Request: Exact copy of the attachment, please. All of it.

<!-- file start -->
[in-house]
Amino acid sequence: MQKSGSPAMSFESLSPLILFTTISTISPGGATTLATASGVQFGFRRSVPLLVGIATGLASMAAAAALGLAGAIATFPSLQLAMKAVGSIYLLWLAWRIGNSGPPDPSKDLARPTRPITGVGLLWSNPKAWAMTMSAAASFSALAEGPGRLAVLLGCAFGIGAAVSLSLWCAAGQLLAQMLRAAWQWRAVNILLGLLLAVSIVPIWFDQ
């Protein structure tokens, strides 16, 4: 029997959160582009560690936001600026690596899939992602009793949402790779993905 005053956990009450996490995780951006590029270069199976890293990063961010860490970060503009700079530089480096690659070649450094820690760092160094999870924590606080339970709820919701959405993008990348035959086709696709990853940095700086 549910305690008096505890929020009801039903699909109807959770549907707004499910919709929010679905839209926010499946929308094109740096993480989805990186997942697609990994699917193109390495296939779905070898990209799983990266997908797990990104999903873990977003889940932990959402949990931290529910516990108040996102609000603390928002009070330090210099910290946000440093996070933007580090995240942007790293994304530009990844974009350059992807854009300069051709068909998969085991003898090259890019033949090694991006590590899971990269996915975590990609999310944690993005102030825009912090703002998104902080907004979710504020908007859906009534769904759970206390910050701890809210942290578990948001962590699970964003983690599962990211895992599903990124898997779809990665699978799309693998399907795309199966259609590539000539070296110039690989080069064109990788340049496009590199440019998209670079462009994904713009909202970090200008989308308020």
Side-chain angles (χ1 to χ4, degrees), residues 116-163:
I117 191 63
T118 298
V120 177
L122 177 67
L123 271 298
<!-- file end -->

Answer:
[in-house]
Amino acid sequence: MQKSGSPAMSFESLSPLILFTTISTISPGGATTLATASGVQFGFRRSVPLLVGIATGLASMAAAAALGLAGAIATFPSLQLAMKAVGSIYLLWLAWRIGNSGPPDPSKDLARPTRPITGVGLLWSNPKAWAMTMSAAASFSALAEGPGRLAVLLGCAFGIGAAVSLSLWCAAGQLLAQMLRAAWQWRAVNILLGLLLAVSIVPIWFDQ
């Protein structure tokens, strides 16, 4: 029997959160582009560690936001600026690596899939992602009793949402790779993905 005053956990009450996490995780951006590029270069199976890293990063961010860490970060503009700079530089480096690659070649450094820690760092160094999870924590606080339970709820919701959405993008990348035959086709696709990853940095700086 549910305690008096505890929020009801039903699909109807959770549907707004499910919709929010679905839209926010499946929308094109740096993480989805990186997942697609990994699917193109390495296939779905070898990209799983990266997908797990990104999903873990977003889940932990959402949990931290529910516990108040996102609000603390928002009070330090210099910290946000440093996070933007580090995240942007790293994304530009990844974009350059992807854009300069051709068909998969085991003898090259890019033949090694991006590590899971990269996915975590990609999310944690993005102030825009912090703002998104902080907004979710504020908007859906009534769904759970206390910050701890809210942290578990948001962590699970964003983690599962990211895992599903990124898997779809990665699978799309693998399907795309199966259609590539000539070296110039690989080069064109990788340049496009590199440019998209670079462009994904713009909202970090200008989308308020």
Side-chain angles (χ1 to χ4, degrees), residues 116-163:
I117 191 63
T118 298
V120 177
L122 177 67
L123 271 298